New data confirms there is a major shortage of cyber professionals, and a recent report tackling the topic suggests this could prove one of the biggest challenges to Canada’s digital economy.
To supplement the growing body of research on cybersecurity labour market research in Canada, the Information and Communications Technology Council released a national survey that encompasses both cybersecurity employers as well as cybersecurity students who will enter the future workforce.
While well over 100,000 cyber professionals are currently employed across the country, it is estimated that at least 25,000 more are needed now. From 2019 to 2021, the labour market grew from 84,000 to 123,000, but the gap in supply and demand did not close.
Beyond putting Canadian government and companies at risk from cyber threats we aren’t sufficiently prepared to foresee or defend against, the shortage harms Canadian tech innovation and progress at large.
Adding to the issue is the multitude of factors at play. Competition from the US hurts, as has burnout from students going through bloated cybersecurity education, plus often gruelling demands of the work itself.
“Despite increased spending in cybersecurity, there are numerous structural challenges facing the field,” warns the report, titled “Cybersecurity Talent Development: Protecting Canada’s Digital Economy.”
Concerns around cyber staffing shortages were present pre-Pandemic and have since amplified.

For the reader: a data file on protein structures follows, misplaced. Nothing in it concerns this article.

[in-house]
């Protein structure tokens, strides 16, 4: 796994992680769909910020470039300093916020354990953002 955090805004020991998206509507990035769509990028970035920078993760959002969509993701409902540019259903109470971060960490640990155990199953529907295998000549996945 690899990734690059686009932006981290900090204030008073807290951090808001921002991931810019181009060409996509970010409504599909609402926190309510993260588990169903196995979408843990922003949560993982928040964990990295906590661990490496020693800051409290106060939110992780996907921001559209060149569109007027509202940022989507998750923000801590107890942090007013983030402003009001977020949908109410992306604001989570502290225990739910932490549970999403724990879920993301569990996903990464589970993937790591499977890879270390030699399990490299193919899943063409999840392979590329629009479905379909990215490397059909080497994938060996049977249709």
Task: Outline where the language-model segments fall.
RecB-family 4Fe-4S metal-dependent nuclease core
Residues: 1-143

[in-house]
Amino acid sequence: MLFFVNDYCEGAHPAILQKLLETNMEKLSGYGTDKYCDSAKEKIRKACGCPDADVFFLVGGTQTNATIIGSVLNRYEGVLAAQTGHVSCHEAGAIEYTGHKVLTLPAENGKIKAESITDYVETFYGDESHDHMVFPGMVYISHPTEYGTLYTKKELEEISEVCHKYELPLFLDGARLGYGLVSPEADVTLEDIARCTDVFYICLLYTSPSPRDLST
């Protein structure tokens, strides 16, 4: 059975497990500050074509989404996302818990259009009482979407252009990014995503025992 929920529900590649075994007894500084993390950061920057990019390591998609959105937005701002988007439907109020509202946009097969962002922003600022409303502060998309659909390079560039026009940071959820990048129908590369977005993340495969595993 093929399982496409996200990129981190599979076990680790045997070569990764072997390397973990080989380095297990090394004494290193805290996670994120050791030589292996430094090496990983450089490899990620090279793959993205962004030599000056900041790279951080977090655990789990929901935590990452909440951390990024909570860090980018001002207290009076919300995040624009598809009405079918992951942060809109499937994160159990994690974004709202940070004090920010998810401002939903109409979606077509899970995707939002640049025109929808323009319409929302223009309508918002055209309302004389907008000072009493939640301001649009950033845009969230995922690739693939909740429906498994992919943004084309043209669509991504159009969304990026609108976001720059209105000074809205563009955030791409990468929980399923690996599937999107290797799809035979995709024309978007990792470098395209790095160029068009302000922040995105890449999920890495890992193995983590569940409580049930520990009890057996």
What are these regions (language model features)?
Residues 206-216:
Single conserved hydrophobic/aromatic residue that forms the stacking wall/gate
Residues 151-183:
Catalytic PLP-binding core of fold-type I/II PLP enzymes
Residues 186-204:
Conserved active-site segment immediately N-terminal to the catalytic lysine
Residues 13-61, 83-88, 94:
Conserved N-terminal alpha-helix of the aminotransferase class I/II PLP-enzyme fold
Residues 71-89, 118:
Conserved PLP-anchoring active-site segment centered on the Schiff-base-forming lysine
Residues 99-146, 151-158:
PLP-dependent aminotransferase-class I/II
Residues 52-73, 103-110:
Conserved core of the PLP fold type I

A global information security systems survey found that one-third of respondents believed a global skills shortage had a significant impact on their organization, while two-thirds said skills shortages increased the workload on existing staff. And there is evidence that increased pressure and staff shortages are leading to lower job satisfaction and solicitations by recruiters.
However, the industry has much to offer, namely high pay and guaranteed work.
Cyber roles include security architect, cyber analyst, data scientist, engineer, and even “ethical hacker,” as the threat of cyber crime both public and private is always present. Salaries vary widely, ranging from an average of $60,000 for a security administrator to $200,000 for a chief information security officer.
Either way, job security in the field is next-to-none, the report affirms.
“Cybersecurity is a highly competitive field with a sharp talent deficit,” it states. “Some international reports on the cybersecurity labour gap tout global unemployment rates as low as 0%.”
The ICTC report suggests that an alternative to traditional education is “emerging education pathways” sun as coding bootcamps and Massive Open Online Courses.
“Coding bootcamps and MOOCs have been highly disruptive and successful in areas such as software development,” notes the report, but “uptake in the cybersecurity field has been comparatively low.”
Still, there are multiple pathways into cybersecurity roles—whether directly from a relevant college or university program or as part of a mid-career transition through up-skilling.
“The challenge style uses realistic scenarios and vulnerabilities seen in the day-to-day work of our organizing team,” the nonprofit explains.
Meanwhile the British Columbia Institute of Technology and Cisco Canada have partnered on the Industrial Network Cybersecurity Lab to address the global demand for cybersecurity talent. The INC Lab is a state-of-the-art facility for students in BCIT’s INC diploma program that merges cybersecurity and industrial network skills with game-based learning and real-world scenarios.
“The INC program is a direct response to the industry’s growing need for cybersecurity skills to protect critical infrastructure and keep our communities running,” explains David Leversage, Program Champion, BCIT.